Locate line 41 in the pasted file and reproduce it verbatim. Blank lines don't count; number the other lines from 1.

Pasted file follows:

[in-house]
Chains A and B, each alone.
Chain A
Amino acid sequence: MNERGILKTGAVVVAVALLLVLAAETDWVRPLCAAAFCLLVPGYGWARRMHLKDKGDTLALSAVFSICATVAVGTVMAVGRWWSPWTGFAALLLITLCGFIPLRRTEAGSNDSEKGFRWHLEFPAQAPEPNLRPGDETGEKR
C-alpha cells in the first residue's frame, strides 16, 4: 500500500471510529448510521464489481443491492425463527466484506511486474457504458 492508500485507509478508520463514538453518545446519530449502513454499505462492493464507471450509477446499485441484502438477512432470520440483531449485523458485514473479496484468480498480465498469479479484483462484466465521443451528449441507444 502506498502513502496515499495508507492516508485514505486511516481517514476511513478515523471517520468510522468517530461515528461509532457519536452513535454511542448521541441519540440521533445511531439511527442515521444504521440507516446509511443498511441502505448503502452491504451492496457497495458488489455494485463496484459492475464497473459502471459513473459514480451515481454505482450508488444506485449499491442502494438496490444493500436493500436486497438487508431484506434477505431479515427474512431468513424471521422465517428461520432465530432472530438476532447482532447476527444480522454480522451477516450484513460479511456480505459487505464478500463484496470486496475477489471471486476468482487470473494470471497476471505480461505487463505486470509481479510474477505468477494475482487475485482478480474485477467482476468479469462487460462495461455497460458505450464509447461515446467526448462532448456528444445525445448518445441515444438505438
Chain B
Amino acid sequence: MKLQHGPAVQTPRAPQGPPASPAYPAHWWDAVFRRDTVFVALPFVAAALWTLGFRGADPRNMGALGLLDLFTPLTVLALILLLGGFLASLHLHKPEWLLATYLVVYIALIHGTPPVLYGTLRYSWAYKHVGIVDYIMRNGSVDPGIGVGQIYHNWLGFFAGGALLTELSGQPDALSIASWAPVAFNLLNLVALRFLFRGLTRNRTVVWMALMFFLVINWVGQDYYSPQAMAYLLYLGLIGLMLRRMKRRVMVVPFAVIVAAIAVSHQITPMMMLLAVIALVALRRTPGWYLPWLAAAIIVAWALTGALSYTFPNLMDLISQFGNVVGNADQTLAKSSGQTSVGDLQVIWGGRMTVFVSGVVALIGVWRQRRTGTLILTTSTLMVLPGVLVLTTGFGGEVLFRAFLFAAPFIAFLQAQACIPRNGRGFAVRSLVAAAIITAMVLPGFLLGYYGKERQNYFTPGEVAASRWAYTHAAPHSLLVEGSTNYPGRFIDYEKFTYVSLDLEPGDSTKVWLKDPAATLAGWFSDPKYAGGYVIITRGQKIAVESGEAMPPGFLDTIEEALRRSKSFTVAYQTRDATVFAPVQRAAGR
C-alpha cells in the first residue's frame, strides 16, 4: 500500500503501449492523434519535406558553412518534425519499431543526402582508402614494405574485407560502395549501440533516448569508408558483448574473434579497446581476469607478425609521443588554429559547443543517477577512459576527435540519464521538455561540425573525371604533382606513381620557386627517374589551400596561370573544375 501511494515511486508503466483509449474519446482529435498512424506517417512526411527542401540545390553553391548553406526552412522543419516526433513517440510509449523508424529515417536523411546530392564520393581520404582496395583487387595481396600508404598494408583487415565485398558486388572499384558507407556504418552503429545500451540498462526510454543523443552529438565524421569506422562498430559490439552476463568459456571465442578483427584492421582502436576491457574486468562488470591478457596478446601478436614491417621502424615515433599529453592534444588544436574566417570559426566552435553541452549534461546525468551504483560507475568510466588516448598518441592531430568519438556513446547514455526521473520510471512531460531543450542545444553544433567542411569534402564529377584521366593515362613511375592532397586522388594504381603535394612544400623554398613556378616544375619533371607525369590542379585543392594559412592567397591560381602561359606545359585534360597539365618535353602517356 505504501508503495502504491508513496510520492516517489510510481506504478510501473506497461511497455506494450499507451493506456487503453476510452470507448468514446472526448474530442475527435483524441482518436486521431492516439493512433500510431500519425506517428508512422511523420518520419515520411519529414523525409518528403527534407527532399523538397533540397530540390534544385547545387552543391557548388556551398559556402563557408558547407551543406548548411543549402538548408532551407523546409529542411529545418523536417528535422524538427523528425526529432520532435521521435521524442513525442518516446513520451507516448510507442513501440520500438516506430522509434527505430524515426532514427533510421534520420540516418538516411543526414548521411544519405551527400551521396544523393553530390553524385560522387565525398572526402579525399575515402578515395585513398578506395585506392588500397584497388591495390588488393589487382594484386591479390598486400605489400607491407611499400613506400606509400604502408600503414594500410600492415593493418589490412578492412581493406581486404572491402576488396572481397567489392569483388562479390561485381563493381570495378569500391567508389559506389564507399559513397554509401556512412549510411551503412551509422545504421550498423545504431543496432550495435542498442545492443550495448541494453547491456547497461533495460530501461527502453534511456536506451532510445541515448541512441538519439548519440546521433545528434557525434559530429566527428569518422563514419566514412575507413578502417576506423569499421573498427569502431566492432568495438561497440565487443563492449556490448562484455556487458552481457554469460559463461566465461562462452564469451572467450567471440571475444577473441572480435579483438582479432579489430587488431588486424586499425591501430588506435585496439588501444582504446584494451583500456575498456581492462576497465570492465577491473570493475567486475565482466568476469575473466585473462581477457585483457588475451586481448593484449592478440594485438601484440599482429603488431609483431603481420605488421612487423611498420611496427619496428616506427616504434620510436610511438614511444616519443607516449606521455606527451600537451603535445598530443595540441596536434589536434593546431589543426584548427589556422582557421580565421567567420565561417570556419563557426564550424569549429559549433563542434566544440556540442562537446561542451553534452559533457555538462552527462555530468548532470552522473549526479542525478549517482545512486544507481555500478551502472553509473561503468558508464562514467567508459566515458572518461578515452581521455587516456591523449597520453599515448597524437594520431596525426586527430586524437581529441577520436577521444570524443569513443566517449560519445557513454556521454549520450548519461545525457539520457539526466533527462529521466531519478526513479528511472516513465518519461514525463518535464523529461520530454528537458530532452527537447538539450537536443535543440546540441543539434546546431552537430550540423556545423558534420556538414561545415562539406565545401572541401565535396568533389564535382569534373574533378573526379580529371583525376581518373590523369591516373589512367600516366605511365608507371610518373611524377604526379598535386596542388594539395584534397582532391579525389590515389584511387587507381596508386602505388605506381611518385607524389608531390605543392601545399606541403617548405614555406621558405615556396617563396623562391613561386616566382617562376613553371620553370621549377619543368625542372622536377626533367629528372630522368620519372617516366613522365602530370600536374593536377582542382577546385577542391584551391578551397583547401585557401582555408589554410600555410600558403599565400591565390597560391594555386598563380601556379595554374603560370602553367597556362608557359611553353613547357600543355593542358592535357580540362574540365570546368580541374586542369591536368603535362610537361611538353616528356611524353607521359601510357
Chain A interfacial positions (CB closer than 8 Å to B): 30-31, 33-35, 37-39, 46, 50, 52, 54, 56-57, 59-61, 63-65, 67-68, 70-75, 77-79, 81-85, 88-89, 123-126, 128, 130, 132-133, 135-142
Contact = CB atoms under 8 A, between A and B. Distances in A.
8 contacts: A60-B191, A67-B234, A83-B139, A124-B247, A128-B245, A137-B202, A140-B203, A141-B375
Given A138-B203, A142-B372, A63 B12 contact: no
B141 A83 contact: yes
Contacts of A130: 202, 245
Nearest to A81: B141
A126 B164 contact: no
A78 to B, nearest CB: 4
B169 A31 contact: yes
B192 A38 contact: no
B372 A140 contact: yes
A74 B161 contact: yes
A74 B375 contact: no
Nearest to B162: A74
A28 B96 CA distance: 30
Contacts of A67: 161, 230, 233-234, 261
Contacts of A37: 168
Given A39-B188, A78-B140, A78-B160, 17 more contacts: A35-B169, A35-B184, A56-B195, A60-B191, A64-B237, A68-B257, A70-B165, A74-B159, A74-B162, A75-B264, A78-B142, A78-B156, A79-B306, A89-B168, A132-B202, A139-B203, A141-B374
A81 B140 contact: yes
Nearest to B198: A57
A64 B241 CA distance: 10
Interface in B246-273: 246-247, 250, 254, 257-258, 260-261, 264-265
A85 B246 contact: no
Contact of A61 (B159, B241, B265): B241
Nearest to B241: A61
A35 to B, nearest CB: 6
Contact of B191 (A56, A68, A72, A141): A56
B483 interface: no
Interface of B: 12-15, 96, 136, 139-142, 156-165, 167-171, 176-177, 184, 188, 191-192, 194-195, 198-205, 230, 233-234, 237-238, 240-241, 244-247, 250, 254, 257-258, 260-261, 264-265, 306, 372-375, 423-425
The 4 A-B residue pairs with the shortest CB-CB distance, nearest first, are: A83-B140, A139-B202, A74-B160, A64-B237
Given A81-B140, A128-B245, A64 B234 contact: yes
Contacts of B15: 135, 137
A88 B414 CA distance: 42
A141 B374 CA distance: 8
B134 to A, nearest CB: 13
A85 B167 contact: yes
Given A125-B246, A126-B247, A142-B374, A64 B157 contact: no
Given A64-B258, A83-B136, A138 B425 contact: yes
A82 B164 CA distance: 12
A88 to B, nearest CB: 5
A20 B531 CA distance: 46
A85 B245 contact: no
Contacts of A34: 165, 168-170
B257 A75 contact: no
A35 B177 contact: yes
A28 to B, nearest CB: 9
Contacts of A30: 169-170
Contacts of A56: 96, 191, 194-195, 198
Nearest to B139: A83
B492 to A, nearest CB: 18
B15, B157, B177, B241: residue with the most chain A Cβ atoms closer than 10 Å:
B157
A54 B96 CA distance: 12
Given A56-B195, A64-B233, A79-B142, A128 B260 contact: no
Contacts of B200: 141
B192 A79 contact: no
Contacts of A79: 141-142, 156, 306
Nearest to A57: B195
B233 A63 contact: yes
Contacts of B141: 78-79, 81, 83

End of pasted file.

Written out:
Contacts of B15: 135, 137